In Cardigan Mountain School v. New Hampshire Insurance Co., 2015 U.S. App. LEXIS 8725 (1st Cir. May 27, 2015), the U.S. Court of Appeals for the First Circuit reversed the dismissal of an action based on events that occurred nearly 50 years ago, nixing the ruling that the lawsuit failed to state a claim under Rule 8 of the Federal Rules of Civil Procedure. The First Circuit instead held that the complaint survives dismissal by pleading the existence of an insurance policy from a variety of old records.
Cardigan Mountain School is a private middle school in Canaan, New Hampshire. In 2013, it received a demand letter asserting a claim based on events that allegedly occurred during the 1967-68 school year. Cardigan forwarded the demand to the New Hampshire Insurance Company (NHIC), the school’s CGL insurer at the time, requesting a defense of the action. NHIC rejected that request, informing Cardigan that it could not locate any policy covering the school during that time period and that it was not the school’s insurance carrier at that time; therefore, NHIC contended it had no duty to defend Cardigan against the suit. After failing to find a copy of the insurance policy in its records, as well, Cardigan filed this declaratory judgment action. NHIC removed the suit to federal court and filed a motion to dismiss for failure to state a cause of action. The district court agreed with NHIC and dismissed the suit. Cardigan appealed.
The First Circuit identified the key issue on appeal as whether the insurance policy was in existence at all. It stated that the complaint must be examined, accepting the facts in the complaint as true, to determine whether it made out a plausible case that the policy at issue did exist.
The complaint relied on a variety of facts to back into the conclusion that a policy existed. Though Cardigan could not find the NHIC policy for the 1967-1968 school year, it provided an audit report from 1970-1971 indicating that the school was insured by NHIC under a “Special Multi-Peril” policy at that time, which included general liability coverage. Further, Cardigan alleged that testimony from a former principal and a local insurance broker would support the existence of Cardigan’s status as NHIC’s insured during the relevant time period.
NHIC argued that this information was “nothing more than speculation and conjecture,” relying on the Iqbal and Twombly Supreme Court decisions for the proposition that “the tenet that a court must accept as true all of the allegations contained in a complaint is inapplicable to legal conclusions,” and that “conclusory statements are not entitled to the assumption of truth.”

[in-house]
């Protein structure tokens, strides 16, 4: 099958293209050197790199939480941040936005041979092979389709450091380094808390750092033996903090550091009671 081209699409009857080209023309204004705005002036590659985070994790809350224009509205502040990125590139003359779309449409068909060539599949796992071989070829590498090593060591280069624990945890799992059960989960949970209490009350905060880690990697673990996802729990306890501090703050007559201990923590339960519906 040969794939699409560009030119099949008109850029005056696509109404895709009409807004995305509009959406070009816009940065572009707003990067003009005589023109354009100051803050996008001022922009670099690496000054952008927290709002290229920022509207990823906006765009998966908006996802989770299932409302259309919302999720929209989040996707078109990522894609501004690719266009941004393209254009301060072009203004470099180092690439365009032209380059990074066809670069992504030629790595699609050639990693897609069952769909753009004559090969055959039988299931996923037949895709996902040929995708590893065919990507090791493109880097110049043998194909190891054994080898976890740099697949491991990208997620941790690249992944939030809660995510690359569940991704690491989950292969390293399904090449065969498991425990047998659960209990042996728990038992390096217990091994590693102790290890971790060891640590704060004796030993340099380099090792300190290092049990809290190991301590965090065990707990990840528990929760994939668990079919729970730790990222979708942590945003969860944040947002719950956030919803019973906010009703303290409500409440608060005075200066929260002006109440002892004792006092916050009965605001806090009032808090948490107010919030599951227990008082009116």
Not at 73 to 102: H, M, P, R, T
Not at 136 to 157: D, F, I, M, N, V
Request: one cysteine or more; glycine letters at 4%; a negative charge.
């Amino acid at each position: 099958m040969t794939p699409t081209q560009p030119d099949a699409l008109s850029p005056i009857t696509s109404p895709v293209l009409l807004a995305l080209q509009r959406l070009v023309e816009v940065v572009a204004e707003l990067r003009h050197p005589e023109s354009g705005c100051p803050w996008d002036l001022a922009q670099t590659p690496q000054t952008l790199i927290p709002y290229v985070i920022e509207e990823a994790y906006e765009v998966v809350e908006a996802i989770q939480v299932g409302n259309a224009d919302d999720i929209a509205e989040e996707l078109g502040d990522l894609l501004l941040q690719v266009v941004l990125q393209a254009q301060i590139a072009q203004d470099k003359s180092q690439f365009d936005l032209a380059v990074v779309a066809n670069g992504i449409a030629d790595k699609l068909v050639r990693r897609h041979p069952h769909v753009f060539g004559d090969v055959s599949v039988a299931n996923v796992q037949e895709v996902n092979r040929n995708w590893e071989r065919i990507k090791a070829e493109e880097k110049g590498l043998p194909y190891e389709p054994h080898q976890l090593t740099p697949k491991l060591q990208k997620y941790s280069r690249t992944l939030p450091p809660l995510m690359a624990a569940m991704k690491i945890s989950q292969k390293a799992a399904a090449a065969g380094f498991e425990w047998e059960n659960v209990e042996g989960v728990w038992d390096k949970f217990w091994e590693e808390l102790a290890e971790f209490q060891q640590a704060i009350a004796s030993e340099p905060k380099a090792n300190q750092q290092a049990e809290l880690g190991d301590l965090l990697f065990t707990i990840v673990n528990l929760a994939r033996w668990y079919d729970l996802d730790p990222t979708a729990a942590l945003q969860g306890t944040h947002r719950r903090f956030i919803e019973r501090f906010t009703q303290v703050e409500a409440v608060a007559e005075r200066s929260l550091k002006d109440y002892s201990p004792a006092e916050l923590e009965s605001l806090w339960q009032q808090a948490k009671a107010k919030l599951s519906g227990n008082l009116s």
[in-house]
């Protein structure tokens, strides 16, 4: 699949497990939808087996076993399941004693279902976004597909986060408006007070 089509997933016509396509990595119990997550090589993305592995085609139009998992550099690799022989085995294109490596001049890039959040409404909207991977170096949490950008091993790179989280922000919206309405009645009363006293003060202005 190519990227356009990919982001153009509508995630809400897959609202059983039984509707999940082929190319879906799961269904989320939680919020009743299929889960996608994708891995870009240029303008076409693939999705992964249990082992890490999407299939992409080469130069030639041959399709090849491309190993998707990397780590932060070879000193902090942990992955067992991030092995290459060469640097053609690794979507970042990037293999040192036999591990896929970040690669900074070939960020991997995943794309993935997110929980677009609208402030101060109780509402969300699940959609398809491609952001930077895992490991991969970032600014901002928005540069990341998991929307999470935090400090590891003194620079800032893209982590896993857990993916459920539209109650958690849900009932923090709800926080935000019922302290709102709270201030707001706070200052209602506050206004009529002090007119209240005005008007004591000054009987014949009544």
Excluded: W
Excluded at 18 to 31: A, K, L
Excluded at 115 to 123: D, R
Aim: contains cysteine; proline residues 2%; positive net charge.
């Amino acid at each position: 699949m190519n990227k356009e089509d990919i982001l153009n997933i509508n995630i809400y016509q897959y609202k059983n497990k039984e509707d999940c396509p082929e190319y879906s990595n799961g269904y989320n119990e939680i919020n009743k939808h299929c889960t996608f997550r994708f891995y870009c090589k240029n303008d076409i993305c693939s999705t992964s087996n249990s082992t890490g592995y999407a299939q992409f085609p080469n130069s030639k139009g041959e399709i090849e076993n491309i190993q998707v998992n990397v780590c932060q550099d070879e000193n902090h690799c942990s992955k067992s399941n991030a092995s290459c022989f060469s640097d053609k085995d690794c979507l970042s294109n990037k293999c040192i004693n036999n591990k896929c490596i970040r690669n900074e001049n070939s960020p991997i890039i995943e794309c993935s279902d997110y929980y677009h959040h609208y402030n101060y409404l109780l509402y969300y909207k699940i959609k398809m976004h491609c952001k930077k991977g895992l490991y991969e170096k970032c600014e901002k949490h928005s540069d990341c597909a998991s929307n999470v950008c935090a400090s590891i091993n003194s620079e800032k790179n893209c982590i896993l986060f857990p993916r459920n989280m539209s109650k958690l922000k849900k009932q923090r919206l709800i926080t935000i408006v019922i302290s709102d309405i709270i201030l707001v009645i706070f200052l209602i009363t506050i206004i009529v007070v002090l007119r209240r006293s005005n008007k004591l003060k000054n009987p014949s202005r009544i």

The court disagreed with NHIC, noting that the above allegations in the complaint were sufficiently specific and factual, not legal. Further, they were “not bare recitations of the legal conclusion the suit seeks to prove. We thus conclude that the school’s allegations set forth above are entitled to the presumption of truth at the motion to dismiss stage.” However, it noted that because the complaint’s allegations were at best circumstantial evidence of the NHIC policy, the court was also required to consider “whether the factual allegations are sufficient to support the reasonable inference that the insurance at issue was in place.”
To that end, the court began by noting that there appeared to be no case law applying the Rule 8 pleading standard to a “last-insurance-policy” lawsuit. Nevertheless, it determined that the evidence provided, including the allegation that there was no change in insurance coverage for the three years prior to the 1970-1971 policy, was sufficient to “plausibly support the existence of coverage during the 1967-1968 school year.” With regards to the evidence being circumstantial the First Circuit stated, “there is no requirement for direct evidence,” nor was there a “probability requirement at the pleading stage.” Instead, the allegations of the complaint were enough “to nudge the claim across the line from conceivable to plausible, thus raising a reasonable expectation that discovery will reveal evidence of the lost policy.” Accordingly, the court reversed and remanded the case for further proceedings.